Of course it has. What is there in Office 2007 that's really new? I mean, new in a way that will actually help me write a better business letter?. In 1987 I was writing letters. In 1997 I was writing letters. In 2007 I'm still writing letters. You know what the big difference is over twenty years? In 1987 I was writing practice letters in my high school typing class, and for the past fourteen years I've been doing it for real. The format hasn't changed. The language hasn't changed. Not much has changed at all -- except that in '90s we had fax numbers and email addresses on our letterhead and now we have mobile numbers, web URLs and email addresses. Today, the fax is slowly going the way of the electric typewriter and the eight-track tape. But what about the tools? What about Word?
In 1987 I was using the Leading Edge Word Processor (LEWP). Most of the business world was using Word Perfect. There was XYwrite, IBM Writing Assistant and this upstart MS Word (for DOS) along with Lotus AmiPro and a slew of others. We all had pagination, spell checking, soft-tabs, underlining, italics, footnotes ... a laundry list of features. The average user probably only used 25% of them.
By 1993 two genuine revolutions had transpired and our writing tools really did advance -- WYSIWYG and proportionally-spaced fonts. In 1995 Windows users got access to TrueType fonts -- not so much of a revolution as an evolution -- they enabled anyone to create eye-bending typographic effects in Word or to have a 'dingasm' with all of the nifty stuff in Wingdings.
By our next dacadal way-point -- 1997 -- those revolutions were all old news. No one still used dot-matrix printers except offices and POS systems where they were printing multiple copies on NCR paper. My Panasonic KXP-1091i was gathering dust, and even my work-horse HP DeskJet 500 was out to pasture in favor of a LaserJet 6MP. The average user of MS Office 95 or Office 97 was using roughly 10% of the features available to them.
Now it's 2007 and Network World is wondering if the fire has gone out of the relationship. Um, yeah. While there will always be folks who want to get a new car every two to three years, a growing number of us denizens in the reality-based world look at a car with 100,000 miles on it and think now I'm starting to get my money's worth out of this thing. The same holds true for software. Office 4.3 (1993), Office 95, Office 97, Office 2000, Office XP, Office 2003 and now Office 2007. For someone who is just trying to write a letter or run a ledger, there really isn't much new here -- except for the licensing plan (eight flavors of Office 2007 to choose from!) and the bill.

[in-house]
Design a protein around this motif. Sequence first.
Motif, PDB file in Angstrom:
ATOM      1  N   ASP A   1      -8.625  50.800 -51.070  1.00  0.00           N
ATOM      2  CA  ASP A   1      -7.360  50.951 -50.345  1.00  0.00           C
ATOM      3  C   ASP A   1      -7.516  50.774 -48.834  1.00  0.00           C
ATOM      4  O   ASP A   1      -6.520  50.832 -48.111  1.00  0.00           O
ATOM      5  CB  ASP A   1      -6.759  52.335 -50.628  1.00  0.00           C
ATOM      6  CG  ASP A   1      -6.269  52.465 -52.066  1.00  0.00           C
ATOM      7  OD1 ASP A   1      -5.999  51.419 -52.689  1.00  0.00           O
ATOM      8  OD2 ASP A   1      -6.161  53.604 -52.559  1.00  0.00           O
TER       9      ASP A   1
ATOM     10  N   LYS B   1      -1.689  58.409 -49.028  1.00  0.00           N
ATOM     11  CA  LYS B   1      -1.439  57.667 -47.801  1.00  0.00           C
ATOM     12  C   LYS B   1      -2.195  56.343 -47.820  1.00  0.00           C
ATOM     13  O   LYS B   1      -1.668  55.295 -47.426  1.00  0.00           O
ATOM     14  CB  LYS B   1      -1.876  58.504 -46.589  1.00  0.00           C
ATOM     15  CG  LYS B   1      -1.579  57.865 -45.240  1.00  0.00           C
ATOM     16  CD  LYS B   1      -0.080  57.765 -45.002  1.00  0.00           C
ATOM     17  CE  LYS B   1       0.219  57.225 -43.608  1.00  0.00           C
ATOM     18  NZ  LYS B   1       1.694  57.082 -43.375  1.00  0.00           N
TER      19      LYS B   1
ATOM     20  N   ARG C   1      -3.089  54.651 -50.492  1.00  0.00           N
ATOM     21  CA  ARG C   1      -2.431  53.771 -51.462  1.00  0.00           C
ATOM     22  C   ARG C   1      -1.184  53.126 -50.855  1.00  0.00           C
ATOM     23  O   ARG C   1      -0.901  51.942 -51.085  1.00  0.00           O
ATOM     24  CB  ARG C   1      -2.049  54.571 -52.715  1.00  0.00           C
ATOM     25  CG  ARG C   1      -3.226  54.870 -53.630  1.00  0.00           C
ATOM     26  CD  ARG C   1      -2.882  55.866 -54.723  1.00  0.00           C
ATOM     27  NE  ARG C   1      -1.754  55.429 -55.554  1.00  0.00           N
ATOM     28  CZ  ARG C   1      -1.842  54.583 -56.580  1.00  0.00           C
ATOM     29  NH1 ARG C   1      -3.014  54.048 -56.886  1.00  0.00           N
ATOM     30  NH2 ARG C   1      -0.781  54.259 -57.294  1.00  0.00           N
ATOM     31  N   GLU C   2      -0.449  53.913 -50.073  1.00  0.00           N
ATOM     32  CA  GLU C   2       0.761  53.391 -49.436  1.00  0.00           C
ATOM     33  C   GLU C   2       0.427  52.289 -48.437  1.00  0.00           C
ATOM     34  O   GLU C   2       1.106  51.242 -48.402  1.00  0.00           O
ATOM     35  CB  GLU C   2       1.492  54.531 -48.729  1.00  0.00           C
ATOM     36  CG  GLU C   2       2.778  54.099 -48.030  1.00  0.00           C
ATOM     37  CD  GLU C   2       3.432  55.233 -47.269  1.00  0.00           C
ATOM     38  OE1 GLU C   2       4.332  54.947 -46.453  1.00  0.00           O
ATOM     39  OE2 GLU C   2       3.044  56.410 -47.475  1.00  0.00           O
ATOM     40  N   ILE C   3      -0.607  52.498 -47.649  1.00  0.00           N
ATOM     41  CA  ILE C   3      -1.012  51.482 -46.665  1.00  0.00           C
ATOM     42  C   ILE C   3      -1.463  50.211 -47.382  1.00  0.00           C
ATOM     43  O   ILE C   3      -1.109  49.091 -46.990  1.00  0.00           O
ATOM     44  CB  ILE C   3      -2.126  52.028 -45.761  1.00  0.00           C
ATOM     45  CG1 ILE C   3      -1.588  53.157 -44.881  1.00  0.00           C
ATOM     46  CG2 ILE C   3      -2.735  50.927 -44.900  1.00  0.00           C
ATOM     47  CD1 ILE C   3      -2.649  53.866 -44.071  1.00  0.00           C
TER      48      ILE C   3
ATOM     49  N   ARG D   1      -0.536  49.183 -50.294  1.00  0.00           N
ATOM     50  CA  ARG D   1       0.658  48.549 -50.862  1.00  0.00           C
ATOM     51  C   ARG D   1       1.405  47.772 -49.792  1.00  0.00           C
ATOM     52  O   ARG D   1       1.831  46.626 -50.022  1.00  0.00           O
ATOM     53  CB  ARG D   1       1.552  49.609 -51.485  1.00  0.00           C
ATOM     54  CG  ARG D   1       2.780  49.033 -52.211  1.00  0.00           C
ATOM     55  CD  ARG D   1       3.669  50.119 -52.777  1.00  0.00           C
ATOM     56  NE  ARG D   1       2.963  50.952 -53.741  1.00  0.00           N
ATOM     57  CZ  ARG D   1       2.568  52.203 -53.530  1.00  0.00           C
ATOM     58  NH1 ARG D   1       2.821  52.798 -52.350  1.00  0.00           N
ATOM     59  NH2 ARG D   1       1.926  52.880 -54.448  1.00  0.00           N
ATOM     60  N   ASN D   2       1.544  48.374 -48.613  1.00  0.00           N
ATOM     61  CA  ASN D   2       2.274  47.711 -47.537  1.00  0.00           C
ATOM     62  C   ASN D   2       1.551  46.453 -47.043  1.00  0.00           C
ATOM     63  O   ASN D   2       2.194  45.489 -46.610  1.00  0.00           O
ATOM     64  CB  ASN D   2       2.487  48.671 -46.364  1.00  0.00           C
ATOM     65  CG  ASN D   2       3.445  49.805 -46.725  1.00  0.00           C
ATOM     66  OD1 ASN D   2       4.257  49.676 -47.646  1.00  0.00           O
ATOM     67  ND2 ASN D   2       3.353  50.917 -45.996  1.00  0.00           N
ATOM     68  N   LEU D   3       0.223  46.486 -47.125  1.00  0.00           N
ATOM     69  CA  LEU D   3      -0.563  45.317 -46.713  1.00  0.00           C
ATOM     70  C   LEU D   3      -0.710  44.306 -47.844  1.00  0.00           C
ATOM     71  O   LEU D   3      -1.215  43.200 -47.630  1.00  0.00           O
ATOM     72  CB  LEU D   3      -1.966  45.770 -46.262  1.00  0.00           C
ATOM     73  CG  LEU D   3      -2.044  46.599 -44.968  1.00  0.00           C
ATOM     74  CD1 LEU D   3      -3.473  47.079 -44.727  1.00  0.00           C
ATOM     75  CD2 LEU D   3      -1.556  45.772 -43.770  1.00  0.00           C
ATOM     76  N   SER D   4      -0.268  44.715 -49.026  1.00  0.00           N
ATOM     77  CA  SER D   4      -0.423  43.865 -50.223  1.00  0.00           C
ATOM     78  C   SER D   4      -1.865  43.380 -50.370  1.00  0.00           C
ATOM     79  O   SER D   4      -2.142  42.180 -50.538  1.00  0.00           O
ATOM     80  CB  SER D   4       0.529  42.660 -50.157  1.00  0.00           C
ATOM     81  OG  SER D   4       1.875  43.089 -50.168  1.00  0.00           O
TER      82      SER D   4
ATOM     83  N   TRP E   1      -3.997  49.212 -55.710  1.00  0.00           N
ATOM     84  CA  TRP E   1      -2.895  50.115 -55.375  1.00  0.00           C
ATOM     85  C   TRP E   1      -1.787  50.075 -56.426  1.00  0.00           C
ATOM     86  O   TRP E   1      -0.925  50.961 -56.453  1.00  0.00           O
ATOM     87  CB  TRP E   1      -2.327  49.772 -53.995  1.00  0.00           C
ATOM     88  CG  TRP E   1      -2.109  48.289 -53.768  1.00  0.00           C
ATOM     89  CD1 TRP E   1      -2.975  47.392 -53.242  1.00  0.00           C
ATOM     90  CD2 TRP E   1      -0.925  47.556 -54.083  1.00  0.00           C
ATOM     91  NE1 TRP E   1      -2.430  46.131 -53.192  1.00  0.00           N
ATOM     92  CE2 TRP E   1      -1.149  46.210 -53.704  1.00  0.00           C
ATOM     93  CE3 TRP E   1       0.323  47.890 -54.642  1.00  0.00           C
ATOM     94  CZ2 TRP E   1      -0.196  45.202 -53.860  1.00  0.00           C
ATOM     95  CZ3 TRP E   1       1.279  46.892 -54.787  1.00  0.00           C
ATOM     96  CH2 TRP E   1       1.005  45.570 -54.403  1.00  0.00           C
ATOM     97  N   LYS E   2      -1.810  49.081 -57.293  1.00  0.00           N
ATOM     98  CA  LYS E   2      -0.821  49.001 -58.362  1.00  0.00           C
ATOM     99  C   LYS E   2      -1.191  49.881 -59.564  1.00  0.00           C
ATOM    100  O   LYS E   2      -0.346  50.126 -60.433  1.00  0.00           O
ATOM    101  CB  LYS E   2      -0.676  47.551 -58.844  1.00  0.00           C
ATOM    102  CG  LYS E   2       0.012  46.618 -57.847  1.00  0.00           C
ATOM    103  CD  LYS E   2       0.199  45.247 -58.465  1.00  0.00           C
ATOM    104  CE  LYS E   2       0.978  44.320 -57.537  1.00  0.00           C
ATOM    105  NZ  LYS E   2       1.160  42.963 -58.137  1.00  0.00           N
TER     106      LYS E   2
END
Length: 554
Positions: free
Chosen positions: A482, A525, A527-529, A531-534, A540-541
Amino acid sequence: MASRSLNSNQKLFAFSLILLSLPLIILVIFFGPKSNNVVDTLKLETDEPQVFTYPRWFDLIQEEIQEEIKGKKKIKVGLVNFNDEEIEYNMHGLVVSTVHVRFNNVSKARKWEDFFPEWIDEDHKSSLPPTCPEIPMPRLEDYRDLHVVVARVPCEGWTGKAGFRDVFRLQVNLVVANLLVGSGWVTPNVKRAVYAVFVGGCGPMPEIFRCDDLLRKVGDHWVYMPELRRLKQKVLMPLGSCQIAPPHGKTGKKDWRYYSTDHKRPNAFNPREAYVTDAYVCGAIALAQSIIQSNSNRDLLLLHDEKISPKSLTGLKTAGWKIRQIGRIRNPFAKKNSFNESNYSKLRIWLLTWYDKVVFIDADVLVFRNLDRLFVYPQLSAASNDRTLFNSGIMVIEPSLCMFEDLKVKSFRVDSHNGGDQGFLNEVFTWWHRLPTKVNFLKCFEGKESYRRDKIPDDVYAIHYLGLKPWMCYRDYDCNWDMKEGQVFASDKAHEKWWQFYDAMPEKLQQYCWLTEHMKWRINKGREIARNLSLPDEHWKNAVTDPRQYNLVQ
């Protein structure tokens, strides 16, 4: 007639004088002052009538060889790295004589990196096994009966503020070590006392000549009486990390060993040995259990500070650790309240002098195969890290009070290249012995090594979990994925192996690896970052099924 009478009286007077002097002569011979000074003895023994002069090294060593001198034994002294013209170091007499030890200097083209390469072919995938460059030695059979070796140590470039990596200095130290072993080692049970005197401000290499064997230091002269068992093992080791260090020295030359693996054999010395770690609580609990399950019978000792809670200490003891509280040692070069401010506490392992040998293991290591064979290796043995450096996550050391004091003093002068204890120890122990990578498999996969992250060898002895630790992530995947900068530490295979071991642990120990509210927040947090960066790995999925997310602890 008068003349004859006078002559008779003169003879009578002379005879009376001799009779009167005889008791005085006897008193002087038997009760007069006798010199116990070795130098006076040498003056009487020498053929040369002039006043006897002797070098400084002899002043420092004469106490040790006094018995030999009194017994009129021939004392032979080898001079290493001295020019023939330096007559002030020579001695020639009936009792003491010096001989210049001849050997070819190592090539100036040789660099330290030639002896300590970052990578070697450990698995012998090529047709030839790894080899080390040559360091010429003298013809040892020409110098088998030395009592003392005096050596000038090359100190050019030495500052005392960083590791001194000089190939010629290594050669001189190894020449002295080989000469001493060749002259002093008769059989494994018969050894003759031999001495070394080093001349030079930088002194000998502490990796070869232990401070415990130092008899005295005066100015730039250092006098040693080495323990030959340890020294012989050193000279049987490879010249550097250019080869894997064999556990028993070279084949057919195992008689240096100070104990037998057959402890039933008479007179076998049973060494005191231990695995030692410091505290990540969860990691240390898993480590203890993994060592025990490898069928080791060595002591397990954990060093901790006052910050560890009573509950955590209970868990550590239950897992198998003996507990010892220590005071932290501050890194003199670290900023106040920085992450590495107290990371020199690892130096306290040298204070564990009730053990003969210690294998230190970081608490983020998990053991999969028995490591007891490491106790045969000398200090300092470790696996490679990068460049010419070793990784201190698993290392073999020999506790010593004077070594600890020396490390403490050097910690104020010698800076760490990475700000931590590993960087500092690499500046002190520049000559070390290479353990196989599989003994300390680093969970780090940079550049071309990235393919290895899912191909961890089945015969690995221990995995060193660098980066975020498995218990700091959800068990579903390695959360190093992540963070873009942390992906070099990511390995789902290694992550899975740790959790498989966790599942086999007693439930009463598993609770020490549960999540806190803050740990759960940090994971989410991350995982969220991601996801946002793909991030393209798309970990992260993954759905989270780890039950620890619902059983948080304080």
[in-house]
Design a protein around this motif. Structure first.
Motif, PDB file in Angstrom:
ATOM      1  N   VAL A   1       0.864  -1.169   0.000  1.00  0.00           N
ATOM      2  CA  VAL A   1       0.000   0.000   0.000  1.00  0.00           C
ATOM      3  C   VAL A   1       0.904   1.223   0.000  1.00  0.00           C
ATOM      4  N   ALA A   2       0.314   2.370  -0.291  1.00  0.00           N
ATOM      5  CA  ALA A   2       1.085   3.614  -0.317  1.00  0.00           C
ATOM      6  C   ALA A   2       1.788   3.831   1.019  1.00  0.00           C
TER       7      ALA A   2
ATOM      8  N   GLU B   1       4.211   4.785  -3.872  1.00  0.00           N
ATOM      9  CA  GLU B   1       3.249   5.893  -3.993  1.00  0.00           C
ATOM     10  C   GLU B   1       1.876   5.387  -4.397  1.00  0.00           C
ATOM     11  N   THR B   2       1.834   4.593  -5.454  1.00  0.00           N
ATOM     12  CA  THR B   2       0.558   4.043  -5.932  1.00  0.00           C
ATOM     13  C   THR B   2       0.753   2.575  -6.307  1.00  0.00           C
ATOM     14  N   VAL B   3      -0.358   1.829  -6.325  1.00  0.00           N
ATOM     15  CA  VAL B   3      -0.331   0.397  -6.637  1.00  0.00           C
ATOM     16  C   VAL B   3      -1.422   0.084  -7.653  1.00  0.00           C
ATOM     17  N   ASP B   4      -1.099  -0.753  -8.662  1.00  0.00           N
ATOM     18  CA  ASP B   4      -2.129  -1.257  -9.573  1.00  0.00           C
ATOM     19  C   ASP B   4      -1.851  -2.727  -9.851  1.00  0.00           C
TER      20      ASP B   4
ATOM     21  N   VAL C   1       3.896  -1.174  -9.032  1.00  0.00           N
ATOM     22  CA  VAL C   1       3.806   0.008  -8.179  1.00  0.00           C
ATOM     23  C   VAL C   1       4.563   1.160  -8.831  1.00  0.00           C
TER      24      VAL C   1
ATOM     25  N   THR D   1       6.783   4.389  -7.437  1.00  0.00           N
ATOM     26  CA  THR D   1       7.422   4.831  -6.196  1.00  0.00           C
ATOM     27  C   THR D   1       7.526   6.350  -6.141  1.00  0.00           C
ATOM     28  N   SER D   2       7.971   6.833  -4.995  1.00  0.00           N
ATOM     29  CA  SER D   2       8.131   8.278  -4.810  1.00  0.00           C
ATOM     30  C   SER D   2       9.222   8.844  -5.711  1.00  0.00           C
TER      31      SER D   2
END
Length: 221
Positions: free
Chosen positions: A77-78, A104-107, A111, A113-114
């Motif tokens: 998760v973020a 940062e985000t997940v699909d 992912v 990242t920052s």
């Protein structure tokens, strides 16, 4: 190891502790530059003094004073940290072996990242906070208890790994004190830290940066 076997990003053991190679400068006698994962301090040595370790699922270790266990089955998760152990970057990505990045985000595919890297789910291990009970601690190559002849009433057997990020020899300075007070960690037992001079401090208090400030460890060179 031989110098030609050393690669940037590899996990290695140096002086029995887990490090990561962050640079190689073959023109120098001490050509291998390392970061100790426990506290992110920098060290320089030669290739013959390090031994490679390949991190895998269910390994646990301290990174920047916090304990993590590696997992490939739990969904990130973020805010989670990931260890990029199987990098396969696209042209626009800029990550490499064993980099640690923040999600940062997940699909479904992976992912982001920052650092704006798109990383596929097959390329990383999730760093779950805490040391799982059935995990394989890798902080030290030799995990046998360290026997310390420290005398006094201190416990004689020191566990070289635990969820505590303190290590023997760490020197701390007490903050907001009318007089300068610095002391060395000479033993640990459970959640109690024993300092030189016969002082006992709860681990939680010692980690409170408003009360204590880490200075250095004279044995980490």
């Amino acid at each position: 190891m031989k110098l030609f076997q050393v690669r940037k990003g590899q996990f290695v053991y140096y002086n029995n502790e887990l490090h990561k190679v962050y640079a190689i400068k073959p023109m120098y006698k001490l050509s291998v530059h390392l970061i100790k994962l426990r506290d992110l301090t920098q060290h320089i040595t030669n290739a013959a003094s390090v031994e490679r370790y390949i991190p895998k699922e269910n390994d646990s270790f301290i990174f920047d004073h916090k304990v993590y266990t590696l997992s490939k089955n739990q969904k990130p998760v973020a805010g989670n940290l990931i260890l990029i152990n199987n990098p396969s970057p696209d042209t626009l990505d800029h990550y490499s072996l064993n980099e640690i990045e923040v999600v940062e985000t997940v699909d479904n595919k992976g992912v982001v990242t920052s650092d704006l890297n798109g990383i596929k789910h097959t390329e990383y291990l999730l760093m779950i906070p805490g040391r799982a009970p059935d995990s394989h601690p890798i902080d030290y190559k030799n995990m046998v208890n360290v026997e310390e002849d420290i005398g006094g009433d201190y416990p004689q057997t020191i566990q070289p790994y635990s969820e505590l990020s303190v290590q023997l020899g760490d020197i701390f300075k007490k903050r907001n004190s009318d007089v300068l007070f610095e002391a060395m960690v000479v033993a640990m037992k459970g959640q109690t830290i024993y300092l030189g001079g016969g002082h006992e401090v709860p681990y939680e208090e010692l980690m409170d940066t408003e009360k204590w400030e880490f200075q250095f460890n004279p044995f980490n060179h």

This fall the House of Hum is reluctantly giving up Office 97 and moving to Office 2003 because -- and only because -- Microsoft's translator for the Office 2007 file formats is only available for Office 2003, and people are starting to lob .DOCX files over our virtual transom. We've had ten good years with Office 97 -- and part of that goodness was stability. Stability which meant that the tool receded into the background and we could concentrate on just getting our work done. Like most users, we probably only ever used 10% of the features in Word and Excel (though ashacat may now be pushing 20% with Excel's statistical analysis features), and 5% of PowerPoint and Access. Which, begs the next question.
Is the 5-7% of the Office 2007 feature set that our users are going to use worth the price tag and the disruption? Oh, and a second (rhetorical) question: given that the average corporate user has only basic mastery over things like shared folders and email attachments, do the geeks in Redmond really think that the vision-made-flesh in Office 2007 is something that mere mortals can follow? Maybe I'm showing my age and my mind is ossifying. You tell me. Is there something really compelling about Office 2007, or am I right in thinking that most of us would rather stop 'upgrading' and just get down to business?